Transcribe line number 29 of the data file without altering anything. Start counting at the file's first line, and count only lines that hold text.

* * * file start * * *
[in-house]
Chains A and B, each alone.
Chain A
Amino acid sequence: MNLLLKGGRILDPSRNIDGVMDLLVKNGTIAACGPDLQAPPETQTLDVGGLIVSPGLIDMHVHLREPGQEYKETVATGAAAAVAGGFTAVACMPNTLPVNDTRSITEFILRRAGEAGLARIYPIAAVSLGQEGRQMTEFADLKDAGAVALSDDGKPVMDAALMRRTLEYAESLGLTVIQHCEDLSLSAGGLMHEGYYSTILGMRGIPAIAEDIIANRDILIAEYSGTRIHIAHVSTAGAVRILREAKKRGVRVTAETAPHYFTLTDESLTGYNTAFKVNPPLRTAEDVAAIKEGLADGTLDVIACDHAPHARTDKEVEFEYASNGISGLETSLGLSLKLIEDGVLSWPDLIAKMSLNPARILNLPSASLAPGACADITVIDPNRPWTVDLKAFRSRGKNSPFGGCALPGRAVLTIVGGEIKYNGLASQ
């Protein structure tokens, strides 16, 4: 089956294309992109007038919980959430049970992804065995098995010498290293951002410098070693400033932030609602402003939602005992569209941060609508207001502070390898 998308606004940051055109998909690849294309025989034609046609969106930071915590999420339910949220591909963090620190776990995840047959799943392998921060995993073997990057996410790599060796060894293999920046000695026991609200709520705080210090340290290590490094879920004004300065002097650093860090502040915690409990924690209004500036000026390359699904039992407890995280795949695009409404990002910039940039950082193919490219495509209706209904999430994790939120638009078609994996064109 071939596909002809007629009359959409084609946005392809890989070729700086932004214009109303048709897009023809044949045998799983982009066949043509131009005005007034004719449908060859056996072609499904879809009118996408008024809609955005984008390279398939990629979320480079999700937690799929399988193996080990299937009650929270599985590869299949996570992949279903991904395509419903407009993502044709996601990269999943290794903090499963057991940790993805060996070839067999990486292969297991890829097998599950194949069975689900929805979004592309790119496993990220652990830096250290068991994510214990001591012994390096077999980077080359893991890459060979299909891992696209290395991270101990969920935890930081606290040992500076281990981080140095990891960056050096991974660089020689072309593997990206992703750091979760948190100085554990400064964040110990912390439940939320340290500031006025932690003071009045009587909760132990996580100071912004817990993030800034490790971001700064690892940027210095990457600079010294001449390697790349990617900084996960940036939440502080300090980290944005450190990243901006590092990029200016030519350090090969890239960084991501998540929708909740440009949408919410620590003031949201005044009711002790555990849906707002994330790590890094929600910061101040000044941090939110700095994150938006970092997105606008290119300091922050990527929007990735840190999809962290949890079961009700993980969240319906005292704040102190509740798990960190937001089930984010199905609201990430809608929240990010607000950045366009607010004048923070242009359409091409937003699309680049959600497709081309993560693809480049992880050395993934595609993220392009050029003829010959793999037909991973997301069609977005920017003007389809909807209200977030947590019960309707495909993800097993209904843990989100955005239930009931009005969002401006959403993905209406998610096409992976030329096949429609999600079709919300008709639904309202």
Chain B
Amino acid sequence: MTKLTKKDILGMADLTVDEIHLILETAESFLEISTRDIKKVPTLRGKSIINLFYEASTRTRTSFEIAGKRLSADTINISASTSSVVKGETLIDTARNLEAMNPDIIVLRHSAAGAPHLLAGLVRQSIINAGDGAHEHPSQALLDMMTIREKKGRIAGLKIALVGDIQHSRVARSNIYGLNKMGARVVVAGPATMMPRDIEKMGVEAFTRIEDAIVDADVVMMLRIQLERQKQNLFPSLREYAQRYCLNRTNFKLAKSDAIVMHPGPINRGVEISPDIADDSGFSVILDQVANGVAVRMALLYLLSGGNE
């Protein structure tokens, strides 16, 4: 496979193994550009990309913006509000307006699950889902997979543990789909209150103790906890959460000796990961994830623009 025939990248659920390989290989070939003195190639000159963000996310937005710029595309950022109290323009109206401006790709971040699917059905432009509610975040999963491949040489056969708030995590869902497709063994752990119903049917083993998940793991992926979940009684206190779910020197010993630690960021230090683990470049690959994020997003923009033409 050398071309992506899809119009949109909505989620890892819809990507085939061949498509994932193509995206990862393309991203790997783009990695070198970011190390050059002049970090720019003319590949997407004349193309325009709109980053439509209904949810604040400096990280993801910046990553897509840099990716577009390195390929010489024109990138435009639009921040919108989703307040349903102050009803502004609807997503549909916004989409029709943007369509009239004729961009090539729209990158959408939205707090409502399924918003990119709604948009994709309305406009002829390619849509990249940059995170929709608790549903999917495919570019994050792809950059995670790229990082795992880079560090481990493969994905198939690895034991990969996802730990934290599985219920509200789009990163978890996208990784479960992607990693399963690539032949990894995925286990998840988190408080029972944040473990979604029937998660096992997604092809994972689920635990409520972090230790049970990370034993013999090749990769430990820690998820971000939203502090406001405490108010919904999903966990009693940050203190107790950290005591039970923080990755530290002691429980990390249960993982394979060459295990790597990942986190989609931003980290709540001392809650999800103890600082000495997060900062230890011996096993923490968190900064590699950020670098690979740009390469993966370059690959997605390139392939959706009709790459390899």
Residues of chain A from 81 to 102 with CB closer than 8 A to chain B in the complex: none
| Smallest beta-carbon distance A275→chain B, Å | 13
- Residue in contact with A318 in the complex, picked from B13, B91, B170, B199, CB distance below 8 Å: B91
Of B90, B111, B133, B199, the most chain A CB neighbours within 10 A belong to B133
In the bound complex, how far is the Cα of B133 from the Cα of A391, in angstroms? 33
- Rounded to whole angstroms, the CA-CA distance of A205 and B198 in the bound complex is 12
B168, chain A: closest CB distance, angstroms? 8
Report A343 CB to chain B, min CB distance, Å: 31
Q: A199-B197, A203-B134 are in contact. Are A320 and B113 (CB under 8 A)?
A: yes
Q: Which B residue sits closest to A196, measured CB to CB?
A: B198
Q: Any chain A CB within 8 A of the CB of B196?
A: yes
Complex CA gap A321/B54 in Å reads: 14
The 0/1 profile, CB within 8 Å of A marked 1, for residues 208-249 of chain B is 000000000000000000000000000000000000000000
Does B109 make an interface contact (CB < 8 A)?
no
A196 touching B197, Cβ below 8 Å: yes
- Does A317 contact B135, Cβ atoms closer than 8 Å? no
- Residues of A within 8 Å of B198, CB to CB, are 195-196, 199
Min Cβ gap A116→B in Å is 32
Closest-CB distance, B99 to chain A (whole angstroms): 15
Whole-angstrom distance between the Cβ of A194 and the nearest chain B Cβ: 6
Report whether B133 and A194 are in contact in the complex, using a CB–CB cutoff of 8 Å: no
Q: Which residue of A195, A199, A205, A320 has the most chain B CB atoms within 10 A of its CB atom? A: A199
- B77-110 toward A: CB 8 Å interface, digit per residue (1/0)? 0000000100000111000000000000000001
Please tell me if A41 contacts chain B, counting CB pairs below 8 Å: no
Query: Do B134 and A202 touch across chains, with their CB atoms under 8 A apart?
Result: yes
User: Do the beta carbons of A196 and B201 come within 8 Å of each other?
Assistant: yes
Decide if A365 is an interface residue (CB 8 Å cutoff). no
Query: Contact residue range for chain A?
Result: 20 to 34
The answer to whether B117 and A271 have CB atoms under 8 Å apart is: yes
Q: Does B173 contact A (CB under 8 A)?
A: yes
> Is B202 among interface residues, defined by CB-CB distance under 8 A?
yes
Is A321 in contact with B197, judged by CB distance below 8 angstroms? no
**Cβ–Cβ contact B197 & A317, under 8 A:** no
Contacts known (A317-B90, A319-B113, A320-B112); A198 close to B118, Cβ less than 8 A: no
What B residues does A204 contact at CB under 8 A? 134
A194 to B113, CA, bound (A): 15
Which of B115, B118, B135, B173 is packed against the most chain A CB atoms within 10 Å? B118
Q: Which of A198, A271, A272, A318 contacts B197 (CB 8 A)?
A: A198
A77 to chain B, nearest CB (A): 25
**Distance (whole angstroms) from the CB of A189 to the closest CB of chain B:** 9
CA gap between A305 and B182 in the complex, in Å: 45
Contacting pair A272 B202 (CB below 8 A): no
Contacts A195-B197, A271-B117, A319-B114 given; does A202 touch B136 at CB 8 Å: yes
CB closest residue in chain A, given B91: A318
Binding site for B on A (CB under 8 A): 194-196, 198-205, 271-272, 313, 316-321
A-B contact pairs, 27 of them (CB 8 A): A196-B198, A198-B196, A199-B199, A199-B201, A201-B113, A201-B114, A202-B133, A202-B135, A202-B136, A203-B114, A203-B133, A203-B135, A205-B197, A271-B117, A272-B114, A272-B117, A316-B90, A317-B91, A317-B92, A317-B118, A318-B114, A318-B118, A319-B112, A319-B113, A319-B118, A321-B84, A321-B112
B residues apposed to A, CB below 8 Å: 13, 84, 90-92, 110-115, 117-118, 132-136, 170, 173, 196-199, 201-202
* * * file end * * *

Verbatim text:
- Residues of A within 8 Å of B198, CB to CB, are 195-196, 199